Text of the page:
AURORA, Colo. -- Aurora lawmakers give the green light for one more year of red light cameras at 14 of the city’s busiest intersections.
Even as council members were divided on the issue, Aurora’s top cop—Dan Oates—says the system is helping make drivers safer, while helping make money for the city general fund.
In 2012, the city collected $3.2 million from about 40,000 red light traffic violations, that while paying almost $2 million to keep the cameras blinking.
Last year, 60,000 tickets were issued to red light runners, but that was only 24% of the total number of possible violations caught on camera. Some 67% of people paid those tickets last year.
Oates says, “There have been about 34% fewer car crashes at photo red light intersections since 2010. The numbers for accidents over the past three years read this way: 58 in 2010, 40 in 2011 when the city added 10 more systems, and 43 in 2012. Rear-end crashes went down 53% from 46 in 2010 to 30 in 2011. In 2012, there were 34 rear-end accidents at the photo red light intersections."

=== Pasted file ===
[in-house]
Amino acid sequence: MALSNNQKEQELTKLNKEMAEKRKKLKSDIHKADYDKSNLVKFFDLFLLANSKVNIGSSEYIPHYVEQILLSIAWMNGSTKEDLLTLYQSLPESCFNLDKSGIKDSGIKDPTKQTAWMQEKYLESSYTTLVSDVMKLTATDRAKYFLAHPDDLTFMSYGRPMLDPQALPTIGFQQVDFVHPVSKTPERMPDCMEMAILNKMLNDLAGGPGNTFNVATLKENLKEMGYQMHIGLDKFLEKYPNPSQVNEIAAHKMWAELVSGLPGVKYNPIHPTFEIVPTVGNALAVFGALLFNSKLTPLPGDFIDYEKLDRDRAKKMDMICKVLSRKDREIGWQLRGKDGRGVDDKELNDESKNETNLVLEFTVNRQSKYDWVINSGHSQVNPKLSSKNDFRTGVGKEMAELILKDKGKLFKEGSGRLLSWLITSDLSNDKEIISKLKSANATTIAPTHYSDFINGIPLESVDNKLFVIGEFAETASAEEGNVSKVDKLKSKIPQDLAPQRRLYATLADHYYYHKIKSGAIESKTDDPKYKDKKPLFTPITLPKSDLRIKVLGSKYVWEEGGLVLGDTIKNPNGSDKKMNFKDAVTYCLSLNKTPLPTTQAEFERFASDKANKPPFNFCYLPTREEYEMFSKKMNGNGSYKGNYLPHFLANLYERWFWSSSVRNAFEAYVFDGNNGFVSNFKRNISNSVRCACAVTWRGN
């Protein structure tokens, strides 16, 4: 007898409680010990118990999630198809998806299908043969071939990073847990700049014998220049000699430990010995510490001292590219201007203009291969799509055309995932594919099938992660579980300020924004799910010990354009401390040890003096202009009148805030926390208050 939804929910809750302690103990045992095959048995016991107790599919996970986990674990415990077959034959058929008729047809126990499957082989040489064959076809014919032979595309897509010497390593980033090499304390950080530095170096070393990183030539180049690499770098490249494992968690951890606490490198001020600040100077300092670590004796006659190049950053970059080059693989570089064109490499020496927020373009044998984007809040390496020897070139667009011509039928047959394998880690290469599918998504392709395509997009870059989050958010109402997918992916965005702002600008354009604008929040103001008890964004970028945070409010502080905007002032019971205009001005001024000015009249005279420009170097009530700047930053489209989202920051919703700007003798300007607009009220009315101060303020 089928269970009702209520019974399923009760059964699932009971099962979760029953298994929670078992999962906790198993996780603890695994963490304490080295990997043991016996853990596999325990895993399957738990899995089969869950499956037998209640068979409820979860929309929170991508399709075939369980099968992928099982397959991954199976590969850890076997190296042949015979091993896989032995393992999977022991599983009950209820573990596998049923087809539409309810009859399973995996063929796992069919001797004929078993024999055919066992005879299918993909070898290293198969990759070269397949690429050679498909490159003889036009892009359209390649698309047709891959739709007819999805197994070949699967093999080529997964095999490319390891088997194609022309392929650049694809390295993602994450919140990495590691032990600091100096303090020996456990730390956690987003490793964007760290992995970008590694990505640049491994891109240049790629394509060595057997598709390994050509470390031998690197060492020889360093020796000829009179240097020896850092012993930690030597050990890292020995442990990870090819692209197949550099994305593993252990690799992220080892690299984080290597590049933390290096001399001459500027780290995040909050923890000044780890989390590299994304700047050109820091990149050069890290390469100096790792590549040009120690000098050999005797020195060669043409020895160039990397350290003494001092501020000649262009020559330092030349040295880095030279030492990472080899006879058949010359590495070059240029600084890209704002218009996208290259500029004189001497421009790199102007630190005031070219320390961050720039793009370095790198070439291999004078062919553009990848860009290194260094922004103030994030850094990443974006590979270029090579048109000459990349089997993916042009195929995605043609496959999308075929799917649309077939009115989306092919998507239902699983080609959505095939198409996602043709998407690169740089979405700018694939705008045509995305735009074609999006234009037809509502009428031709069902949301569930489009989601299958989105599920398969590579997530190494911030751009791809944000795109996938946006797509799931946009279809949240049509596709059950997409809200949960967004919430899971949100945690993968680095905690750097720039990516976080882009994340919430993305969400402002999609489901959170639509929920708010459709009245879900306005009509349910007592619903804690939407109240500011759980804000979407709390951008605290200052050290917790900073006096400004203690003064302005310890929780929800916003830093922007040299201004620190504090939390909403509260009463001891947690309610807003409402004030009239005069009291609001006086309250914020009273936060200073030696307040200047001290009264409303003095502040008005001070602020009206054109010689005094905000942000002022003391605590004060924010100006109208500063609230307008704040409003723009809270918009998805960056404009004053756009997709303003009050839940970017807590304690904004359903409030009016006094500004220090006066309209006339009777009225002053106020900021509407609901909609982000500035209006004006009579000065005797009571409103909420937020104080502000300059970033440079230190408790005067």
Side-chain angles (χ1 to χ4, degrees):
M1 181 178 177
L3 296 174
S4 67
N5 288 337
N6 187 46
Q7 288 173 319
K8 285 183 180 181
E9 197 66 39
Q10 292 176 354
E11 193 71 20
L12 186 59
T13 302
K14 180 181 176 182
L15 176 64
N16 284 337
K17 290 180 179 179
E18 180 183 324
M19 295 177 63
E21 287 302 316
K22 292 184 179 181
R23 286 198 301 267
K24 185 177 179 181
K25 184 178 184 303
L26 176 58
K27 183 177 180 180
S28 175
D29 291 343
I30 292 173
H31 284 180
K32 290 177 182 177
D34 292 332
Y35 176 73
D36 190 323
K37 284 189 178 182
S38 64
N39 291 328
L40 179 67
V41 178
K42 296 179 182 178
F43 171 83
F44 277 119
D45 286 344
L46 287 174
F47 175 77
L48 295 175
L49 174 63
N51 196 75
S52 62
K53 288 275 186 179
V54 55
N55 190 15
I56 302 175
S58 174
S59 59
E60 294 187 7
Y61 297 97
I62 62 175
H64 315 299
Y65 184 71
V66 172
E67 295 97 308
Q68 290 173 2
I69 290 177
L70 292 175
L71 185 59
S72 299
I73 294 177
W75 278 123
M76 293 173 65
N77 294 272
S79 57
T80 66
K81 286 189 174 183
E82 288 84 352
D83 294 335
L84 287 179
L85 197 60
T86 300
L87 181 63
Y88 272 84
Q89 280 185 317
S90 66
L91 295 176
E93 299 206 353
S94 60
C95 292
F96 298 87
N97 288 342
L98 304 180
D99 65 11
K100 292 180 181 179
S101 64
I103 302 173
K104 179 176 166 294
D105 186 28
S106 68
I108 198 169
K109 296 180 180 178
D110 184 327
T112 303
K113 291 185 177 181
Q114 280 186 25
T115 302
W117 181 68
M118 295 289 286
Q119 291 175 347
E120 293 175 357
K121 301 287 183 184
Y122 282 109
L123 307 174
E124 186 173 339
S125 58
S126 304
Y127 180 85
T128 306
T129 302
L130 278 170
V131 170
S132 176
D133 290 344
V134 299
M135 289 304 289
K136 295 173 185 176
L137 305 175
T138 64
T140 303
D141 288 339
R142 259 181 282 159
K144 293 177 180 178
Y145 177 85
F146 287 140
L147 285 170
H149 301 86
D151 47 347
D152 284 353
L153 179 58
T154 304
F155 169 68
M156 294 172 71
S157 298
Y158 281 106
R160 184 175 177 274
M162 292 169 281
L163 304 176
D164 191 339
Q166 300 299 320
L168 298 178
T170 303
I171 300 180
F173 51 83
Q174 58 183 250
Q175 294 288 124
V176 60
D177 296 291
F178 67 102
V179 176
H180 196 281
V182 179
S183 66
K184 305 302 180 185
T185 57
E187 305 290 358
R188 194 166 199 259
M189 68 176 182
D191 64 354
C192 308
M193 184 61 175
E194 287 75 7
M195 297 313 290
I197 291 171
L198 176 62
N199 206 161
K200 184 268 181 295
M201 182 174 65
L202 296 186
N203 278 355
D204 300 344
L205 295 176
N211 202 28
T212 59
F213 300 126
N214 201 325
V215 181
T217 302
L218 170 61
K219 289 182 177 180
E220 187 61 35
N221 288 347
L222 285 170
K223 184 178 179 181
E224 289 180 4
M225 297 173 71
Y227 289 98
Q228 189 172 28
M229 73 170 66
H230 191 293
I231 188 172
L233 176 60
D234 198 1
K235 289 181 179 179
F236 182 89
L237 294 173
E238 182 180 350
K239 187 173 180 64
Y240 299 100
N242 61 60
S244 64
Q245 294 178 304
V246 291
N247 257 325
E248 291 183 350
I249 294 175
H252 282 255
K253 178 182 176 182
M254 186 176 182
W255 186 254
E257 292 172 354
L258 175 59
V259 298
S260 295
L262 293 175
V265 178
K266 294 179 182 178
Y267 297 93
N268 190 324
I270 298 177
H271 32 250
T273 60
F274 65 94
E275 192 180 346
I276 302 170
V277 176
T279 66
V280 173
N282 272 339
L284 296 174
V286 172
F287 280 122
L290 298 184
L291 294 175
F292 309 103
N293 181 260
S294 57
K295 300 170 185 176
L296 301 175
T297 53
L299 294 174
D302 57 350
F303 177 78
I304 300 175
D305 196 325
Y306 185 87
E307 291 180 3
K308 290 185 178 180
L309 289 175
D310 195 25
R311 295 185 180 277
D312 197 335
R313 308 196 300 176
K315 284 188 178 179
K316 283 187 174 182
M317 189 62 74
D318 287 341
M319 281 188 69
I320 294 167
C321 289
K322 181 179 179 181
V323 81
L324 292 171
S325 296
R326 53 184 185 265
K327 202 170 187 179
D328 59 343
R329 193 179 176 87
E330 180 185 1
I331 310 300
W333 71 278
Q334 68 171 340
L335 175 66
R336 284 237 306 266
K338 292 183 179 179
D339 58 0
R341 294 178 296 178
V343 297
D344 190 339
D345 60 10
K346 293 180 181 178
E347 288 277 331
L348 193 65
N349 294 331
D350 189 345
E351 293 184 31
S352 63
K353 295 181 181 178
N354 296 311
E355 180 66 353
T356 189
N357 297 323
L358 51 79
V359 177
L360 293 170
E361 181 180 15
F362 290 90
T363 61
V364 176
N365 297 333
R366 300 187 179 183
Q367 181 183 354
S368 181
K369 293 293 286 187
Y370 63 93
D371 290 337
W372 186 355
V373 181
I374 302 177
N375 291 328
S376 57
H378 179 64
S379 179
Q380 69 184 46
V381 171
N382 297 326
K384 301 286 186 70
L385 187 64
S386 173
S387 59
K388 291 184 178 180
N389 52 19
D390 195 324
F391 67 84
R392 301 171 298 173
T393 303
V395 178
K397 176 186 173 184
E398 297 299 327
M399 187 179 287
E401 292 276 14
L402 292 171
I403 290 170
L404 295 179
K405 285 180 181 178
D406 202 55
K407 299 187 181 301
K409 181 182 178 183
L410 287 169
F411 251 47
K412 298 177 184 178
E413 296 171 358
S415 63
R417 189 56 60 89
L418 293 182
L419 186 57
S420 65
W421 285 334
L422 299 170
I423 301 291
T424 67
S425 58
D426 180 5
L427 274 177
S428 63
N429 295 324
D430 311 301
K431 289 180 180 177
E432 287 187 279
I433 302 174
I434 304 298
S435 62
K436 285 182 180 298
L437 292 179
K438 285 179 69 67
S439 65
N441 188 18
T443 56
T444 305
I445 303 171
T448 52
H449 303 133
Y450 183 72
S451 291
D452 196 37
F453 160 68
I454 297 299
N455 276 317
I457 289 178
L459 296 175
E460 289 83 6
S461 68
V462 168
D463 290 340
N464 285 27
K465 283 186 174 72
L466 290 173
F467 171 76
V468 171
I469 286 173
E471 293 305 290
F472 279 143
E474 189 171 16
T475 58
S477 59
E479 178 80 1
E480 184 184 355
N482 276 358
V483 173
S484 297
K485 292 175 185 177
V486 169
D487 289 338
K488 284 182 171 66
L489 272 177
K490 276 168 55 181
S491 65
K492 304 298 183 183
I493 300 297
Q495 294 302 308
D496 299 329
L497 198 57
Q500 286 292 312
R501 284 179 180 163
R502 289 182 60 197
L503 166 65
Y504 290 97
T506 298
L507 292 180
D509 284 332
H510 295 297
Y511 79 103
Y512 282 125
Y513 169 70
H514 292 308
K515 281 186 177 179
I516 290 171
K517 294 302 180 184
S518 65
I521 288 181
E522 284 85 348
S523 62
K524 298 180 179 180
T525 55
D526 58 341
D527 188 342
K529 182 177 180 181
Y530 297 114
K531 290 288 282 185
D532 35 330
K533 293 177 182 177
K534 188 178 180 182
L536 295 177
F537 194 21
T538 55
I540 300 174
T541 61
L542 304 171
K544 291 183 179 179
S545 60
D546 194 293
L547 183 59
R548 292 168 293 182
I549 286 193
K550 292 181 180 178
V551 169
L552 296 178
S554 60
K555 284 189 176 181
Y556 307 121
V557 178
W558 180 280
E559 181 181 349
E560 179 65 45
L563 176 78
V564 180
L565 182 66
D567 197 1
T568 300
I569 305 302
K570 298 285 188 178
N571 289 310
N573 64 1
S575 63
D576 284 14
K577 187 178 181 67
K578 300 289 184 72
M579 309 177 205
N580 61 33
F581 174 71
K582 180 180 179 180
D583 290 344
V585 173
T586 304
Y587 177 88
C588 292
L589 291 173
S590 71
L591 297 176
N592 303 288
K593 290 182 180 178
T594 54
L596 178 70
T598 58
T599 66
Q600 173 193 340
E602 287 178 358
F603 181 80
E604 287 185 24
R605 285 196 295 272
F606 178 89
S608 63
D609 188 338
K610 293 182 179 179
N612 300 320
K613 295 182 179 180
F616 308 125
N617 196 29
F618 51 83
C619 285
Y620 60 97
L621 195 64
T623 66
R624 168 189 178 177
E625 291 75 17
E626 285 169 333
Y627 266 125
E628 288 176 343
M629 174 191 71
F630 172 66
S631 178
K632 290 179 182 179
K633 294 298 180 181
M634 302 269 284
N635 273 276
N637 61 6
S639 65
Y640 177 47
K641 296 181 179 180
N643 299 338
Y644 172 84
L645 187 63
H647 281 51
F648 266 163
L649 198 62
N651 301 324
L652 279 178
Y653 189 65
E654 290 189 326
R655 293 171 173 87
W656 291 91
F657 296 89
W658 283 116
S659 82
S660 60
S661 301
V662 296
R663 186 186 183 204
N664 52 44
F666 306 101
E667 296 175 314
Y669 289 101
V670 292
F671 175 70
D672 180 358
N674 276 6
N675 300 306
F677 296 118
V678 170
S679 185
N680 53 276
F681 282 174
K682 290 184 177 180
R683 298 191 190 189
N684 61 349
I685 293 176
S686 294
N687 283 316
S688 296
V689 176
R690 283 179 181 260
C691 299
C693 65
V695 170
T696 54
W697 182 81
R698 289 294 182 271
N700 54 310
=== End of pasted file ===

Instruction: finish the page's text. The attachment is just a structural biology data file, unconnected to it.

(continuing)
"T-bone" crashes also down: 12 in 2010, 10 in 2011 and 9 in 2012.
Those who say the systems infringe upon their liberty claim, in light of reports about the National Security Agency’s surveillance techniques, many red light cameras are just another “Big Brother” move by police and the government.
Still, those on Council who voted to keep the systems for another year say, “The cameras are changing driving behavior, it’s a public safety issue!”AlertMe